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Import Outlook mail to Thunderbird on Linux: how-to April 11, 2008

Posted by techscope in communication, linux, tutorials, windows.
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I update this article to reflect the recent changes to Thunderbird.

In the past, the only, and somewhat tricky, way to migrate your Outlook mail to Thunderbird would have been to:

1) Import your Outlook .pst folder into OutlookExpress on Windows.
2) On Windows install Thunderbird.
3) Thunderbird for Windows has got an import Mail from OutlookExpress wizard. Do it.
4) Get the imported Thunderbird folders from Windows to your Linux counterpart.

But now it is the thing of the past:

I am excited to have just found out that the new version of Thunderbird (2.0.0.12) on Windows has got a beautiful Outlook mail import wizard. A welcome development!

However, the only inconvenience I experienced was, I was unable to import a .pst file without Outlook already being installed on the machine.

It would be much better to bypass Outlook check altogether (say, I’ve got a .pst file backup only). We are yet to see if it’ll become possible in the future.

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iSkoot for Symbian test run April 9, 2008

Posted by techscope in communication.
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iSkoot is a nifty piece of software capable of vicariously running Skype services on any symbian phone. It is still in its beta stage and free so far.

Whereas other solutions require at least a 3G or, even better, a Wi-Fi enabled device, my cellphone which supports neither is not at a loss with iSkoot. The trick is, it uses plain EDGE/GRRS for text-chatting to your Skype contacts, and when it comes to making a voice call, the software uses the Public Switched Telephone Network, resulting in placing a usual “local” telephone call via your cellular operator.

It is hard to imagine many uses for this extravagant technology, but under certain circumstances it might be viable enough to justify its existence.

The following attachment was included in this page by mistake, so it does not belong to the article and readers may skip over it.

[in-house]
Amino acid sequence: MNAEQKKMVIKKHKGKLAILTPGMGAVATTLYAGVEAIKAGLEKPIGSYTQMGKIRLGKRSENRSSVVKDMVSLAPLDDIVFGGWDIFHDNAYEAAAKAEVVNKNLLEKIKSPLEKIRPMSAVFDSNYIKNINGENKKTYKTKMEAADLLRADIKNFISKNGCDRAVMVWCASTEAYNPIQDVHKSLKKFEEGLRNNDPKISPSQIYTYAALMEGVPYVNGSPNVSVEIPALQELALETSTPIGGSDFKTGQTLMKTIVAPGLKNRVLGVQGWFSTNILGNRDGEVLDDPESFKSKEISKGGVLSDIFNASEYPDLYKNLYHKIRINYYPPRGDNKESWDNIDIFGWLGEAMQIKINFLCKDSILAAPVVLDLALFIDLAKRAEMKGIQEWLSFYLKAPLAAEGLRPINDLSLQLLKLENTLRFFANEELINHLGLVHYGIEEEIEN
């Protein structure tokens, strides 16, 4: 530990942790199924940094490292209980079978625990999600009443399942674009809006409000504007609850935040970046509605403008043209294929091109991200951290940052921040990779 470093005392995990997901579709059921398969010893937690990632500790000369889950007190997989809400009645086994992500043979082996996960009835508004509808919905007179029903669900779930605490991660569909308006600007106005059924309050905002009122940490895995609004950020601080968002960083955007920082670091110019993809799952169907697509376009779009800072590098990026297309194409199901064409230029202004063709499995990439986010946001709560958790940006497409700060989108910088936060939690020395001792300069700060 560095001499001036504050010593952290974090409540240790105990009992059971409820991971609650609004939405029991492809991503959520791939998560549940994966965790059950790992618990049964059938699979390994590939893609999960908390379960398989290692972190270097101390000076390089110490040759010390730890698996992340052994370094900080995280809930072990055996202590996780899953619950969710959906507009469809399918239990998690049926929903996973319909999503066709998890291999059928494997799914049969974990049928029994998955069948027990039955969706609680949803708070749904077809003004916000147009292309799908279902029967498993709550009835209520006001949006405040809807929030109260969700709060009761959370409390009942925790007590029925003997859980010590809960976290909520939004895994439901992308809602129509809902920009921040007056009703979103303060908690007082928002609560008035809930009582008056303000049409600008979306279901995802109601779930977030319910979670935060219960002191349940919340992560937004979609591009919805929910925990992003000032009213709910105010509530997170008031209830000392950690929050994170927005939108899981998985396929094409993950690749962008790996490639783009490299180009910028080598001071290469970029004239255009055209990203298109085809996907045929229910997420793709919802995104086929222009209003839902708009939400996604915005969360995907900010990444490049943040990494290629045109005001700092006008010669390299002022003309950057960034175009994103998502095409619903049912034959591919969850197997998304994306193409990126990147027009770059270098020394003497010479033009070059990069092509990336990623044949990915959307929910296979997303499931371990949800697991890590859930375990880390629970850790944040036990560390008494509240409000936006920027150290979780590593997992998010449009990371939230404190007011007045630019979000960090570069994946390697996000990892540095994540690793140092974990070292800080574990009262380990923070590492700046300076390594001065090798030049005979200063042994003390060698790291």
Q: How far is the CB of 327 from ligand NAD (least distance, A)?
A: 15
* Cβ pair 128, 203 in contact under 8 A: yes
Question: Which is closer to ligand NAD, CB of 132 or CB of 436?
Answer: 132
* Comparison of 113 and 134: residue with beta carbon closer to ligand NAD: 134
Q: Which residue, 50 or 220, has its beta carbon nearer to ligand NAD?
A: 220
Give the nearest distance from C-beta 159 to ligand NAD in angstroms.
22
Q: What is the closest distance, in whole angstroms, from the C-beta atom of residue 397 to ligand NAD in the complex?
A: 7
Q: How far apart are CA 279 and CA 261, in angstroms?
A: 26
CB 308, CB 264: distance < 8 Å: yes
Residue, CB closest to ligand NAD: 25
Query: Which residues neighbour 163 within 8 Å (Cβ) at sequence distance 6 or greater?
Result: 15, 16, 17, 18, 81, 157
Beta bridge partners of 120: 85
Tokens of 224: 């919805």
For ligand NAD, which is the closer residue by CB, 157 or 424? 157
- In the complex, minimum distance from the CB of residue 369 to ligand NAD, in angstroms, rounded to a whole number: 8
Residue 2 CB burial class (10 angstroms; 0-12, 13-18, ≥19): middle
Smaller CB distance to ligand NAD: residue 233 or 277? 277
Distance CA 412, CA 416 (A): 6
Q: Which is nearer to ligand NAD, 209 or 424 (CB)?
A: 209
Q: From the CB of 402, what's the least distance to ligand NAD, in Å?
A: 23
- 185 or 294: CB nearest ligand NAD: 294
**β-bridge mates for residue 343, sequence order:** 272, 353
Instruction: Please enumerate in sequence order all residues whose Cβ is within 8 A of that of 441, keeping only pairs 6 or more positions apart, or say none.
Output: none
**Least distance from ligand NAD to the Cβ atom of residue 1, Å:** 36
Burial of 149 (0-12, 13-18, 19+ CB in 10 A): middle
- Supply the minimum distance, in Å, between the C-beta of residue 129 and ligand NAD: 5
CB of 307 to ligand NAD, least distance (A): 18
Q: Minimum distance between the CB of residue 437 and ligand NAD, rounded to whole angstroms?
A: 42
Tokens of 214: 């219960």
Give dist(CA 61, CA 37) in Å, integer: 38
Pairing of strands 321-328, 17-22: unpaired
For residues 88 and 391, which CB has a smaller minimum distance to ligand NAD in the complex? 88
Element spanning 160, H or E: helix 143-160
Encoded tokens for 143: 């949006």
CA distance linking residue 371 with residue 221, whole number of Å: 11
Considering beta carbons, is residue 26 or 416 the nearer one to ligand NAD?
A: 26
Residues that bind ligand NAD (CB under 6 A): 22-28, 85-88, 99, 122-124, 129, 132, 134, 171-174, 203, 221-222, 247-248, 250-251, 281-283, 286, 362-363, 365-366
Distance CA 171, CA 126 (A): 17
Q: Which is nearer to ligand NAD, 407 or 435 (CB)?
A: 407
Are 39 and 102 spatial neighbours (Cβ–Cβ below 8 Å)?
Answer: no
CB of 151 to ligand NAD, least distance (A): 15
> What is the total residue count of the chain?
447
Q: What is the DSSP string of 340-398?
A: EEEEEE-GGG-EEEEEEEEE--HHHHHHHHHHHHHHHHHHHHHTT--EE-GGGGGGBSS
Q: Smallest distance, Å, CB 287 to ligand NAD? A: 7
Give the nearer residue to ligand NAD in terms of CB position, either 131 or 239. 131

But does iSkoot really work?

That’s exactly what I set out to find out this weekend.

1) I downloaded and installed the N73 version for my E50 (the phones use the same operation system) from http://www.iskoot.com/register.php

2) On running the software with an existing Skype account, it logged in just fine and all my contacts where displayed.

3) A gave an Echo test service a call. And got the following results:

– My balance before the call was R136,24 (approx. $17,03).

– it took 54 seconds to make a call (at first I noticed a local South African – appropriate for my location – number is dialed) whereupon I said some meaningless nonsense to a machine for 15 secs. The other 15 secs went for getting my own words back. So, I guess the actual “conversation” took about 35 seconds for real.

– The sound quality, I would say, is anything between 6/10 or 7/10, not too bad.

– My balance after the call was 135.20 (off-peak rate), so it cost me R1.04 ($0,13) in total for the 35 seconds of pleasure.

Bottom line:

Nothing can be better than enjoying a Skype call from the comfort of your home on your PC, but if you’re out in the field with no broadband connectivity, and for some reason it could cost you less to make such a vicarious call, iSkoot might be an option, especially if you call an international contact.

In South Africa where I live the broadband penetration still leaves much to be desired, especially in rural communities, so why not get some Chief skyping out directly from his cellphone? 😉